LED dimming

You can use pulseOut() to dim an LED. However, an LED responds to the changing voltage much faster than a motor does, and as the pulsewidth gets greater, you will notice the LED actually going on and off rather than dimming. A low-pass filter circuit will smooth this somewhat, by only allowing frequencies of a certain frequency to pass (in this instance, the low-pass filter only allows low frequencies to pass, and blocks those above a certain range). This means that if the voltage is changing more than a certain number of times per second, these changes would not make it past the filter, and only an average voltage would be seen.

Let’s take our pulseout as an example. With a pulsewidth of 1 millisecond, our voltage is going from high to low 1000 times a second. The frequency is 1000 changes a second, or 1000 Hertz (Hz). If we had a filter circuit that blocked frequencies above 1000 Hz, we would see only an average voltage on the other side of the filter, instead of the pulses.

A basic low-pass filter consists of a resistor and a capacitor, connected like so:

The image above represents a general case for low-pass filters, but the ratio of frequency blocked to capacitance is both complex and subtle. If you’re dimming an LED, start with a 10µf capacitor and a 220-ohm resistor, and experiment with different values from there to see what works best.

Tone generation

Arduino has a command called freqout() that allows you to generate a tone from any of the I/O pins. When a speaker or amplifier is connected properly to the pins, the tone can be heard. The syntax for this function is:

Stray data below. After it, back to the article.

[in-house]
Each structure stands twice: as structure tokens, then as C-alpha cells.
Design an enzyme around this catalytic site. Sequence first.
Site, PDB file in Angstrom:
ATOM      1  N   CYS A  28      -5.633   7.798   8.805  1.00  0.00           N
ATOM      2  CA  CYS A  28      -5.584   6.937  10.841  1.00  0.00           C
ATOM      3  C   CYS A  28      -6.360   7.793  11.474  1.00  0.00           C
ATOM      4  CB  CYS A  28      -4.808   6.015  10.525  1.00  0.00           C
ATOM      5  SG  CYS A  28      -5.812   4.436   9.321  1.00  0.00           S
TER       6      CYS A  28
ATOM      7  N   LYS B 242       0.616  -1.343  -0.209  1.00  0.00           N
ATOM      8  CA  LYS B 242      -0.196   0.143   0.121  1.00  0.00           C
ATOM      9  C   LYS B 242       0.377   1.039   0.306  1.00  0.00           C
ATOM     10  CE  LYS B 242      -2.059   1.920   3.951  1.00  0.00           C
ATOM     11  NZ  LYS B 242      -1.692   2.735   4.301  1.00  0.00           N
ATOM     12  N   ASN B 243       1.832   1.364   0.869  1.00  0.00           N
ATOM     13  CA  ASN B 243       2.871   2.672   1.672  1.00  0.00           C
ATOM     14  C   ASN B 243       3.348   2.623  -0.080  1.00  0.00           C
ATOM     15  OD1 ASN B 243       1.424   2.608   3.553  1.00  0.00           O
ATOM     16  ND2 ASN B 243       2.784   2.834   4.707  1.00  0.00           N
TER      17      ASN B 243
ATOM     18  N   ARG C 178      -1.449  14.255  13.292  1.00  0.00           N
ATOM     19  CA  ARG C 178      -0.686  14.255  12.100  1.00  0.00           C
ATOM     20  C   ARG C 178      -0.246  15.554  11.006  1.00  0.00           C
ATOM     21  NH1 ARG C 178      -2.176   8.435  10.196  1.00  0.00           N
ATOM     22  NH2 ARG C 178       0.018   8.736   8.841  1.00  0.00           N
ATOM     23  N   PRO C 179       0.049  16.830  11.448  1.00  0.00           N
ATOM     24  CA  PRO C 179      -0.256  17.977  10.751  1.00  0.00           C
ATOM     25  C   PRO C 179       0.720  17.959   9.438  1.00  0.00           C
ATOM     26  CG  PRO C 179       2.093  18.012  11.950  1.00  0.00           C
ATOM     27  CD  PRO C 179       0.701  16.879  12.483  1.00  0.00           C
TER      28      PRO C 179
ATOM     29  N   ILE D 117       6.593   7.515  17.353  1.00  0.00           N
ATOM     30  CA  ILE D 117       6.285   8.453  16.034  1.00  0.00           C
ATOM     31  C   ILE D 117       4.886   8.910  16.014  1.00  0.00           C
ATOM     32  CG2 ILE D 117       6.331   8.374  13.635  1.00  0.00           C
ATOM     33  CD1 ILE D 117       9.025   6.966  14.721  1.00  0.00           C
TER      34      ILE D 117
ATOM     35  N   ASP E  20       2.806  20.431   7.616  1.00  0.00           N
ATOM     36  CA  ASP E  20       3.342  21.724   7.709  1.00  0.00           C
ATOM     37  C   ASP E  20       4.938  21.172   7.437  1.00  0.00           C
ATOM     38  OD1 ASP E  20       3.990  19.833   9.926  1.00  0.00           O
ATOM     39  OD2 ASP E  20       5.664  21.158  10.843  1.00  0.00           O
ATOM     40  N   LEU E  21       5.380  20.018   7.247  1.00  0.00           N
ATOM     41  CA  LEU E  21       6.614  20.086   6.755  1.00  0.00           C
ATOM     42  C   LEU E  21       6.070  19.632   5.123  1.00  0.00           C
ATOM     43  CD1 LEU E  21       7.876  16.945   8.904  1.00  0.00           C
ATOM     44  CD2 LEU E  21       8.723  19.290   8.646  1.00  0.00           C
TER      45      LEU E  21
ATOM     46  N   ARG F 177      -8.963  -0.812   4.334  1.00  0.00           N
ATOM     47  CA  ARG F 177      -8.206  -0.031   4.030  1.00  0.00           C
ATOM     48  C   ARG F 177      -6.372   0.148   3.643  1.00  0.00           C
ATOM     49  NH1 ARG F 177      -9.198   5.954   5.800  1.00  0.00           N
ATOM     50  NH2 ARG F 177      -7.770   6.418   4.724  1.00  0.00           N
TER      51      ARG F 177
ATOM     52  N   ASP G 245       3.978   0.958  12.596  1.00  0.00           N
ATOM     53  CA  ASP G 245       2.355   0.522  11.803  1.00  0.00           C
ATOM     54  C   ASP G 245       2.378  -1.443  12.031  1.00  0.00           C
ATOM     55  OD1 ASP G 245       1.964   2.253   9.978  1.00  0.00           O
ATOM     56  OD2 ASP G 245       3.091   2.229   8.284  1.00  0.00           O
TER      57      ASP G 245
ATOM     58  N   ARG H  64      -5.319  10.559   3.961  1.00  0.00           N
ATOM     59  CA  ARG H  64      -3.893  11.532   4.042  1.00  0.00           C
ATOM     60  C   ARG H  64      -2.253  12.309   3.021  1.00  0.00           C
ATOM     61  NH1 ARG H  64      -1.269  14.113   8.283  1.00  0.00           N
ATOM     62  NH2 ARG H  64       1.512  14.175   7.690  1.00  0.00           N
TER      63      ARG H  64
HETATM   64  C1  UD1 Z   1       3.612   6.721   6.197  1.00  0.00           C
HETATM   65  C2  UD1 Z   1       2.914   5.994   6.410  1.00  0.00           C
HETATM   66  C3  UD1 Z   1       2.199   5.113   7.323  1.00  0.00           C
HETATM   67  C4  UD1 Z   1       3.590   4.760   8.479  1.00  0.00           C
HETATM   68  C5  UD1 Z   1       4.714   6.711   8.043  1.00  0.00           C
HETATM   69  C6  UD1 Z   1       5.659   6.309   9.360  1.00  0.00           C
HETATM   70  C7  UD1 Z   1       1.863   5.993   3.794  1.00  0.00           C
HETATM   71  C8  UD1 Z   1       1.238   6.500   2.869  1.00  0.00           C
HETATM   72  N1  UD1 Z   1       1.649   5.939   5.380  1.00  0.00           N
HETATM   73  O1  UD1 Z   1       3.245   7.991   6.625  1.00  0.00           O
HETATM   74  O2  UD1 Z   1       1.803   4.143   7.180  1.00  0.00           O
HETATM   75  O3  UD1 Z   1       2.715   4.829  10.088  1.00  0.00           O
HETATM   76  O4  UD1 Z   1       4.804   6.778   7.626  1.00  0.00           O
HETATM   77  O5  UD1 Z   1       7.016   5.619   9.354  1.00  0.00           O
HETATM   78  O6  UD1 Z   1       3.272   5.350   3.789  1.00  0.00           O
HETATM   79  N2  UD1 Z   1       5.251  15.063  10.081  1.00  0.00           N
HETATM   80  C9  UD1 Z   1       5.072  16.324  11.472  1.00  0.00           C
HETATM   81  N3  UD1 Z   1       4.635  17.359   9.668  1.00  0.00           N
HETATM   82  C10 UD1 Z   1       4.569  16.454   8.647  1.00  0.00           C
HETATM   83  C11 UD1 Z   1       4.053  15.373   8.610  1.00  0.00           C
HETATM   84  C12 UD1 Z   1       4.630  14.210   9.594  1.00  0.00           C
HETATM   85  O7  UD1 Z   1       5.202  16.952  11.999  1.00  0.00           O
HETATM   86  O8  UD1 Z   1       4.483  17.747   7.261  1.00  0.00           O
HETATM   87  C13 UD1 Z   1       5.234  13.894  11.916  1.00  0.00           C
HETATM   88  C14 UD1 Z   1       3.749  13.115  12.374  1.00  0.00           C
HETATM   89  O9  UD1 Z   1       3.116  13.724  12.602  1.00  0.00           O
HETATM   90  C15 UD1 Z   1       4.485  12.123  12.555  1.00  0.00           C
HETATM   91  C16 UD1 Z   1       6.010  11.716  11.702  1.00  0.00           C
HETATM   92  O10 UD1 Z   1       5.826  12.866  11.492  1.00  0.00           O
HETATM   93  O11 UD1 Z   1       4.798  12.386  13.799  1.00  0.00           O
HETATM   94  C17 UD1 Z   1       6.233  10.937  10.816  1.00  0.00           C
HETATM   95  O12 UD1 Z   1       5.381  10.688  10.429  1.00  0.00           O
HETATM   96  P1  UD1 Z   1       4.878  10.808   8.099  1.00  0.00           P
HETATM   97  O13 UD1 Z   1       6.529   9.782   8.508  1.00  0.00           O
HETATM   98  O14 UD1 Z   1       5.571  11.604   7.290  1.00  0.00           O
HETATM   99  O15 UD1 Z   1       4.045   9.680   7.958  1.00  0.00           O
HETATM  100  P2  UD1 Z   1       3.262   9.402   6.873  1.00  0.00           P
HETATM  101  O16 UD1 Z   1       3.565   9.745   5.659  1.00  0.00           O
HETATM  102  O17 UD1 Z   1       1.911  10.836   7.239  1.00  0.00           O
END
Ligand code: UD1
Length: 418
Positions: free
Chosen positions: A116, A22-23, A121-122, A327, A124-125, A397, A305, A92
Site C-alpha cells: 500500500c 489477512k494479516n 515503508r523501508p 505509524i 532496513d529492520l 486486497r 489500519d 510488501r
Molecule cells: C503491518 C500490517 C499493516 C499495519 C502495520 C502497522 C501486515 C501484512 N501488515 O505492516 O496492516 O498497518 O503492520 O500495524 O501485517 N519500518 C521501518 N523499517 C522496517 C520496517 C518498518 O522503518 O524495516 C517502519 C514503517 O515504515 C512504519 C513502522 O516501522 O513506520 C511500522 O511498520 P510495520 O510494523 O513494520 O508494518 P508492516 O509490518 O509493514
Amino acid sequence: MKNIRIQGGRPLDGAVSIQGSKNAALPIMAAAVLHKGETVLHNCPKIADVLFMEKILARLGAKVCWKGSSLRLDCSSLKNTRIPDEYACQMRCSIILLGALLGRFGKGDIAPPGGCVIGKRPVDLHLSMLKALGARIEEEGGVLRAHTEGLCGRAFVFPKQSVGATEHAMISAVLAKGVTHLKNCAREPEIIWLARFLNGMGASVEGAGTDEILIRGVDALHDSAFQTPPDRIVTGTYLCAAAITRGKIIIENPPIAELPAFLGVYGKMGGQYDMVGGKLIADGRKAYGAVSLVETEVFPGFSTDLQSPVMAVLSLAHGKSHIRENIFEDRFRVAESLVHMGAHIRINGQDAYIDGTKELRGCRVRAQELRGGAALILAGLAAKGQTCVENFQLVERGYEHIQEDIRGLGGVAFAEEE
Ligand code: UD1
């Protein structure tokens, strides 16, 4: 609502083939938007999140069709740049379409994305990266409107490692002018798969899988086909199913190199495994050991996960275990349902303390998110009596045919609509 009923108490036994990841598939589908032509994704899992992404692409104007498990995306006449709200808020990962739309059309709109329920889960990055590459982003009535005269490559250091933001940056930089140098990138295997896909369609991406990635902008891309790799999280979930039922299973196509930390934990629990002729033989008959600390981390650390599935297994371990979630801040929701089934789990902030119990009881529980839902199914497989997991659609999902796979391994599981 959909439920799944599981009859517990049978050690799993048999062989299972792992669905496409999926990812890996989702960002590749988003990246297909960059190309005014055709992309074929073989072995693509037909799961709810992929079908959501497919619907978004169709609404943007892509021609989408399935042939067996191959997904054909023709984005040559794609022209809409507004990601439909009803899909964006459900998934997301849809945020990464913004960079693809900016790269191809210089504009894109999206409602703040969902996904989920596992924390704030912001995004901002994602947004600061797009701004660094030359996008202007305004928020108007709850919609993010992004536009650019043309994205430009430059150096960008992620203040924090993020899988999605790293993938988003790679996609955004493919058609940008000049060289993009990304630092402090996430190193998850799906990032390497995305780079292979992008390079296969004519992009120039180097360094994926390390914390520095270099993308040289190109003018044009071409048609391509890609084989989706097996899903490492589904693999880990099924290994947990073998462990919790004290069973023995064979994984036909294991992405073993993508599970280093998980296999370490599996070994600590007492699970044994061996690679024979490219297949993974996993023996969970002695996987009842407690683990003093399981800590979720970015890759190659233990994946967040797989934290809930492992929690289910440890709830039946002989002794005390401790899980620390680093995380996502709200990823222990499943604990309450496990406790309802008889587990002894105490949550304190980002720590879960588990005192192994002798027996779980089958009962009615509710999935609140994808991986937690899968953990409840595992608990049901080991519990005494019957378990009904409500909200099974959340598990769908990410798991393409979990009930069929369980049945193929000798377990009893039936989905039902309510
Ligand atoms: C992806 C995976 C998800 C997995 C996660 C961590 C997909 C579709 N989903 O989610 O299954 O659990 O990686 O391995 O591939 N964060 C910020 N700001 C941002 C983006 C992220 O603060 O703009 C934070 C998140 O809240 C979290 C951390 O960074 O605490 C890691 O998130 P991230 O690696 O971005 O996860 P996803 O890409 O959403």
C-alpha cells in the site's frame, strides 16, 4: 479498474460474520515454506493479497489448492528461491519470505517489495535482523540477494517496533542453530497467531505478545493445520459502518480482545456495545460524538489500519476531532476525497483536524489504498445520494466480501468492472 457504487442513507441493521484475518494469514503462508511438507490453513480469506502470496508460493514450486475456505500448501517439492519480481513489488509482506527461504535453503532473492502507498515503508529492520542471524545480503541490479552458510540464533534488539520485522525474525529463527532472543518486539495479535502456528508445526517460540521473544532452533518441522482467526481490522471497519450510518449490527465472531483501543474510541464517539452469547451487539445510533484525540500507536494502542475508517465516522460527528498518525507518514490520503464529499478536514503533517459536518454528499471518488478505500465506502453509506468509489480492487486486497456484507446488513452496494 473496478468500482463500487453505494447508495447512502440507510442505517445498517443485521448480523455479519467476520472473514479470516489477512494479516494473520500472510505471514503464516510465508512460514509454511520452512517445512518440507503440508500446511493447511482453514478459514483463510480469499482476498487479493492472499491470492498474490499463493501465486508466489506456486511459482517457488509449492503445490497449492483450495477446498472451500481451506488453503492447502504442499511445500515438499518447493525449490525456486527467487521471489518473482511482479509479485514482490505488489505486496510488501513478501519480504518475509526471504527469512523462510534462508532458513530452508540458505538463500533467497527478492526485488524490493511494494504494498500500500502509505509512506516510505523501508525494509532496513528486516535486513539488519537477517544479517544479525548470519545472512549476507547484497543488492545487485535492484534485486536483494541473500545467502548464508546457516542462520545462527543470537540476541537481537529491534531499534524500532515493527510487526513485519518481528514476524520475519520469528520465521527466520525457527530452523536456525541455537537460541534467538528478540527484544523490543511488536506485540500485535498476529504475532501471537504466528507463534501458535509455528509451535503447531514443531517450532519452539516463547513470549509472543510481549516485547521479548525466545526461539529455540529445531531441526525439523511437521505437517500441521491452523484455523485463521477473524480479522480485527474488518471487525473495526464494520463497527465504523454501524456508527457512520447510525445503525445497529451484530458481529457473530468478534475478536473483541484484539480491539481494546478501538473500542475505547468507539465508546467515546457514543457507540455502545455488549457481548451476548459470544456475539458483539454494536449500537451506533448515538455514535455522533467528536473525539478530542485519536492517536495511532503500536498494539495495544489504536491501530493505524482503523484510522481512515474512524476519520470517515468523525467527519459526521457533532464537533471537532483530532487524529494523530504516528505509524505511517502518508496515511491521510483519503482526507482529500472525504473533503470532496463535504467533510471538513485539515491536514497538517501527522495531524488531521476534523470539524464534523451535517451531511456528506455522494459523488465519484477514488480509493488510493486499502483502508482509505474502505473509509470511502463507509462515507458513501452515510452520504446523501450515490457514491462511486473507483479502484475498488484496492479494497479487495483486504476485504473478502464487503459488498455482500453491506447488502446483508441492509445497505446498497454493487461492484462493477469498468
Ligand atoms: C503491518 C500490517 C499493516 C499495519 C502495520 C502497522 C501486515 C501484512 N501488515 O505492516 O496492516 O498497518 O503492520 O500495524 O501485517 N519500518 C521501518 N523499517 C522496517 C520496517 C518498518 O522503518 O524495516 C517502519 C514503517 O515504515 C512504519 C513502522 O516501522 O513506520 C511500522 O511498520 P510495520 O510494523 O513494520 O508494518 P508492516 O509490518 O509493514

freqout(freq, duration)

For this function, freq is an integer variable defining the frequency you want to generate. Units are in Hz. Human hearing extends from 20 – 20,000 Hz, so with an integer (whose values can be as high as 32,767), you can generate tones higher than the human ear can hear. Two tones can be generated at the same time; to generate a single tone, use the same tone for both frequency parameters.

Duration is the number of milliseconds to play the sound for.

For more on using the freqout() function, visit the Arduino playground.

You’ll need a speaker to hear tones that are generated, and even still they might be difficult to hear. For better sound, wire your microcontroller to an audio jack so you can connect its output to the input of an amplifier. See the lab on Tone Output for more.


Perhaps the most exciting thing you can do as analog output is to control the movement of something. One simple way to do this is to use a servomotor. Servomotors are motors with a combination of gears and an embedded potentiometer (variable resistor) that allows you to set their position fairly precisely within a 180-degree range. They’re very common in toys and other small mechanical devices. They’re also very easy to control. They have three wires:

  • power (usually +5V)
  • ground
  • control

Connect the +5V directly to a 5V power source that can supply at least one amp of current (don’t try to power the motor from the microcontroller; it hasn’t got enough power). Ground it to the same ground as the microcontroller. And attach the control pin to a pin on the microcontroller. Then you need to send a series of pulses to the control pin to set the angle. The longer the pulse, the greater the angle.

To pulse the servo, you generally give it a 5-volt, positive pulse between 1 and 2 milliseconds (ms) long, repeated about 50 times per second. The width of the pulse determines the position of the servo. Since servos’ travel can vary, there isn’t a definite correspondence between a given pulse width and a particular servo angle, but most servos will move to the center of their travel when receiving 1.5-ms pulses.

See the servo example for more on this.